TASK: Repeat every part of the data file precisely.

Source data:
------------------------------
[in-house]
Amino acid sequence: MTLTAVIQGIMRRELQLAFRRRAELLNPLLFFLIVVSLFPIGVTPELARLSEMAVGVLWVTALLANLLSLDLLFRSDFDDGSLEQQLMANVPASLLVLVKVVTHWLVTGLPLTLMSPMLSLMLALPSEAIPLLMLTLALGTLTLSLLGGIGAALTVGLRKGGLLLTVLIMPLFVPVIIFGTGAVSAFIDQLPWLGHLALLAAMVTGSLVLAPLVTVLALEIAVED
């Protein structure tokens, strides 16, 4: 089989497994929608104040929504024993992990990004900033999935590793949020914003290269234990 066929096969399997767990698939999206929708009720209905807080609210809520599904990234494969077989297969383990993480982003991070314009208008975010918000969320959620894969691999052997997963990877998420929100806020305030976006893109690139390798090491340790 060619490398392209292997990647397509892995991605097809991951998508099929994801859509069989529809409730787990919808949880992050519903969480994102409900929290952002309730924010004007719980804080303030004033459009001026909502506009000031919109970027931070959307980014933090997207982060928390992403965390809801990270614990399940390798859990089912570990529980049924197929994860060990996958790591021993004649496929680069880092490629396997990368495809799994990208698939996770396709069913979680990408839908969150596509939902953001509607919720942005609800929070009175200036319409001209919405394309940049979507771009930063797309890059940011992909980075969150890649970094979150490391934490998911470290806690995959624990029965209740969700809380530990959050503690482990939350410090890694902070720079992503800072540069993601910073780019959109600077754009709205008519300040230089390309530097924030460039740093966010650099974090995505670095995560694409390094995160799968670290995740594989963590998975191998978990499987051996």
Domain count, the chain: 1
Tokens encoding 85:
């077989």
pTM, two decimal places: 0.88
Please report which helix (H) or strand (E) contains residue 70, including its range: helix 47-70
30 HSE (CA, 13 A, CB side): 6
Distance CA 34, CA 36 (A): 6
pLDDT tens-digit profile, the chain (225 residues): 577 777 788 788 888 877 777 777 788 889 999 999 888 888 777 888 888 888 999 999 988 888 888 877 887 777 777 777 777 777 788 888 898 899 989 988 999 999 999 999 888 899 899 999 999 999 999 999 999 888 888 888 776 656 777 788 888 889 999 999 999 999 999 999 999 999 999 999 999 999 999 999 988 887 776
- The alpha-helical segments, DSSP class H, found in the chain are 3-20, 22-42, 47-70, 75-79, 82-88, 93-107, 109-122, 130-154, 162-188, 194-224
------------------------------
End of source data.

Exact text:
[in-house]
Amino acid sequence: MTLTAVIQGIMRRELQLAFRRRAELLNPLLFFLIVVSLFPIGVTPELARLSEMAVGVLWVTALLANLLSLDLLFRSDFDDGSLEQQLMANVPASLLVLVKVVTHWLVTGLPLTLMSPMLSLMLALPSEAIPLLMLTLALGTLTLSLLGGIGAALTVGLRKGGLLLTVLIMPLFVPVIIFGTGAVSAFIDQLPWLGHLALLAAMVTGSLVLAPLVTVLALEIAVED
């Protein structure tokens, strides 16, 4: 089989497994929608104040929504024993992990990004900033999935590793949020914003290269234990 066929096969399997767990698939999206929708009720209905807080609210809520599904990234494969077989297969383990993480982003991070314009208008975010918000969320959620894969691999052997997963990877998420929100806020305030976006893109690139390798090491340790 060619490398392209292997990647397509892995991605097809991951998508099929994801859509069989529809409730787990919808949880992050519903969480994102409900929290952002309730924010004007719980804080303030004033459009001026909502506009000031919109970027931070959307980014933090997207982060928390992403965390809801990270614990399940390798859990089912570990529980049924197929994860060990996958790591021993004649496929680069880092490629396997990368495809799994990208698939996770396709069913979680990408839908969150596509939902953001509607919720942005609800929070009175200036319409001209919405394309940049979507771009930063797309890059940011992909980075969150890649970094979150490391934490998911470290806690995959624990029965209740969700809380530990959050503690482990939350410090890694902070720079992503800072540069993601910073780019959109600077754009709205008519300040230089390309530097924030460039740093966010650099974090995505670095995560694409390094995160799968670290995740594989963590998975191998978990499987051996």
Domain count, the chain: 1
Tokens encoding 85:
């077989």
pTM, two decimal places: 0.88
Please report which helix (H) or strand (E) contains residue 70, including its range: helix 47-70
30 HSE (CA, 13 A, CB side): 6
Distance CA 34, CA 36 (A): 6
pLDDT tens-digit profile, the chain (225 residues): 577 777 788 788 888 877 777 777 788 889 999 999 888 888 777 888 888 888 999 999 988 888 888 877 887 777 777 777 777 777 788 888 898 899 989 988 999 999 999 999 888 899 899 999 999 999 999 999 999 888 888 888 776 656 777 788 888 889 999 999 999 999 999 999 999 999 999 999 999 999 999 999 988 887 776
- The alpha-helical segments, DSSP class H, found in the chain are 3-20, 22-42, 47-70, 75-79, 82-88, 93-107, 109-122, 130-154, 162-188, 194-224